Print Edition: October 22, 2014
“Execute plan shoot-that-chick-in-the-head!” is one of the fantastic phrases Handsome Jack yells out during the early chapters of Borderlands: the Pre-sequel. This latest installment to the Borderlands series continues on the the moon of Pandora, in a prequel to the second game, or sequel to the first game, depending on which way you look at it. This edition pairs you with the previously villainous foe, Handsome Jack. Aside from a humourously sadistic story that will probably unfold with gratuitous amounts of betrayal, killing, and dismemberment, it also has some great new features.
The first, and most ridiculous, is the ability to play as Claptrap the robot. Although it seems like a bad idea, Claptrap turns out to be a fun addition — in a Borderlands way. One of Claptrap’s first skills activates a random special that may or may not work in your team’s favour. These attacks range from Claptrap becoming a wizard, to forcing every player to unload their guns against their own will. There are more characters to choose from, but who cares! You can be Claptrap!
Next is the need of oxygen and the lack of gravity. At first I found the constant struggle to find oxygen annoying, but it definitely adds a sense of urgency to the gameplay. The low gravity, however, is not a favourite at all. Sure, the lack of gravity in this game provides an interesting way of getting across larger gaps and craters, but it also messes with your sense of motion while trying to complete the simplest tasks. Even though I don’t enjoy this aspect of the game, it adds realism — the game is set on a moon, and gravity would be messing with your crap all day.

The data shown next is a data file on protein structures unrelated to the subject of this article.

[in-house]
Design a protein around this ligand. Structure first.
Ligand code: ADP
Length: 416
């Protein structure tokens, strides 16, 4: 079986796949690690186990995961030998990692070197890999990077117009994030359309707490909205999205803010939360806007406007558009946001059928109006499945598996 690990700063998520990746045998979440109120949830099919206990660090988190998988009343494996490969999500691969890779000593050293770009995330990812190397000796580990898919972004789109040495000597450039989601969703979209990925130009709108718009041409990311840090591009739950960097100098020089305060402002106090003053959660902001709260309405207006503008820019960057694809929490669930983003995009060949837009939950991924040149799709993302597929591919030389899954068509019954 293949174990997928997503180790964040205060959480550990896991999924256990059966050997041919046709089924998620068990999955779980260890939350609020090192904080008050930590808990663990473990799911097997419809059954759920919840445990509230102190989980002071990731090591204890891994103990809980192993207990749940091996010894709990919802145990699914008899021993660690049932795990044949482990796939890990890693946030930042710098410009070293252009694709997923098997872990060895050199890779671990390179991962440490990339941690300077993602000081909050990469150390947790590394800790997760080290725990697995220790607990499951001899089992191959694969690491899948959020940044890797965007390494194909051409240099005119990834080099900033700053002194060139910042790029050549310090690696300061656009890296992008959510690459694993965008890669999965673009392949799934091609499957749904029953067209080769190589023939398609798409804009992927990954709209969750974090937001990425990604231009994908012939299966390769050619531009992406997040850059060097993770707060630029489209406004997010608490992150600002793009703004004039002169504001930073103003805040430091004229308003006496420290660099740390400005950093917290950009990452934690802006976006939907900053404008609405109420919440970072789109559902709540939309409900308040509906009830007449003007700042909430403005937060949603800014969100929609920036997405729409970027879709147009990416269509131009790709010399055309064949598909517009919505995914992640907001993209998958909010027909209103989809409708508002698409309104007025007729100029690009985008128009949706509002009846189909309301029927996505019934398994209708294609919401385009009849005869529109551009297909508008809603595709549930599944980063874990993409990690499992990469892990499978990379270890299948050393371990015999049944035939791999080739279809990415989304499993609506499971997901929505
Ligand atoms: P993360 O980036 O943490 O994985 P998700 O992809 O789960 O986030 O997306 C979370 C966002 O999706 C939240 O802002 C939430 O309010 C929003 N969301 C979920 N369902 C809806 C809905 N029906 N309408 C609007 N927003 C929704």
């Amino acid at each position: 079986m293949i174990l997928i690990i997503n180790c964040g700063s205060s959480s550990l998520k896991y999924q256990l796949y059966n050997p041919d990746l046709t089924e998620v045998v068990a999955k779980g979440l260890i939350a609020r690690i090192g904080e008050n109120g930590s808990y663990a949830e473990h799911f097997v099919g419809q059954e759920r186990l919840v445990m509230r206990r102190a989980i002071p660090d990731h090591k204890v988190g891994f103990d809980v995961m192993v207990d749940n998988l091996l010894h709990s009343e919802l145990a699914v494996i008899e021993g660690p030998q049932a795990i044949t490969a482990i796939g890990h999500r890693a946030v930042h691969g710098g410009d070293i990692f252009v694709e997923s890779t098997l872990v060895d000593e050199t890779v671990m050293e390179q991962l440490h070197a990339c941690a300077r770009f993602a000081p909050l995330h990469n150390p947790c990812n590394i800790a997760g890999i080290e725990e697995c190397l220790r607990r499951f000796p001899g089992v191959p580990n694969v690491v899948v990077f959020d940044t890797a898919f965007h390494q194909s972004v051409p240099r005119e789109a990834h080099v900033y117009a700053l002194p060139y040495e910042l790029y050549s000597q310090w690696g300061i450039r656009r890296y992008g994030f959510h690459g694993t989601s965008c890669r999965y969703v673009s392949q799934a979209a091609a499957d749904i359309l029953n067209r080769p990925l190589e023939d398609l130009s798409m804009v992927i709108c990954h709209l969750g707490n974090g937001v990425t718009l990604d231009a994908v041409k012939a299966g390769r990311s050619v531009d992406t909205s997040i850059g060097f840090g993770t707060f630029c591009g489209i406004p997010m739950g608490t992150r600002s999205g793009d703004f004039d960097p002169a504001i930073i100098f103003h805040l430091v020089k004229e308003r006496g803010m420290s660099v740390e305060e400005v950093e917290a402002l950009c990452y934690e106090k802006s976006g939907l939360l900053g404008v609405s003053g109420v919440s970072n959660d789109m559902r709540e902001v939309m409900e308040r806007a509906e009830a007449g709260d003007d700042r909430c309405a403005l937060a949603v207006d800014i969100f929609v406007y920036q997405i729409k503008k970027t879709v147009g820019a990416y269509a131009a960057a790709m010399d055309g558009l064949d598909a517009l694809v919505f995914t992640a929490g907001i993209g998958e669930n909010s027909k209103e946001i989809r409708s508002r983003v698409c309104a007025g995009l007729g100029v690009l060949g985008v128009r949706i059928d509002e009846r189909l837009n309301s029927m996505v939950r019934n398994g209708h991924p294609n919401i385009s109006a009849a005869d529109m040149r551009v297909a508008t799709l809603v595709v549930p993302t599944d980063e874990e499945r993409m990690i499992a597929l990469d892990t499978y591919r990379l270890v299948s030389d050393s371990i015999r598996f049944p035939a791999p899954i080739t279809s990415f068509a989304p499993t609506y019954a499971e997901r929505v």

Another brand new feature, and definitely my favourite, is the gun grinder. It grinds guns. So, if I take three guns of equal rarity and put them in the grinder, a new (possibly better, possibly worse) gun will come out!
But how different is Borderlands: The Pre-sequel from Borderlands 2? It is, without a single bit of under- or overstatement, the exact same game. The start menus are the same, the gameplay and graphics are the same. It still has slot machines, terrible one-liners, bad puns, and an unrealistic amount of weapons to choose from. It is more of an advanced expansion rather than a brand new game — which was disappointing for a moment. I stopped myself while playing and thought, “This is the exact same. What the junk?” Then I came to the realization that I loved Borderlands 2. What should change about it? That being said, do not expect anything revolutionary from this game or you will be sorely disappointed.
Overall, I find this game to be just as enjoyable as the previous installments of the franchise. It has a few new options, an exciting storyline, and has stayed true to its origins. If you liked the first two games, you will enjoy this part of the trilogy. Borderlands: The Pre-sequel offers an attitude-driven, grotesque, post-apocalyptic continuation of an already fantastic series.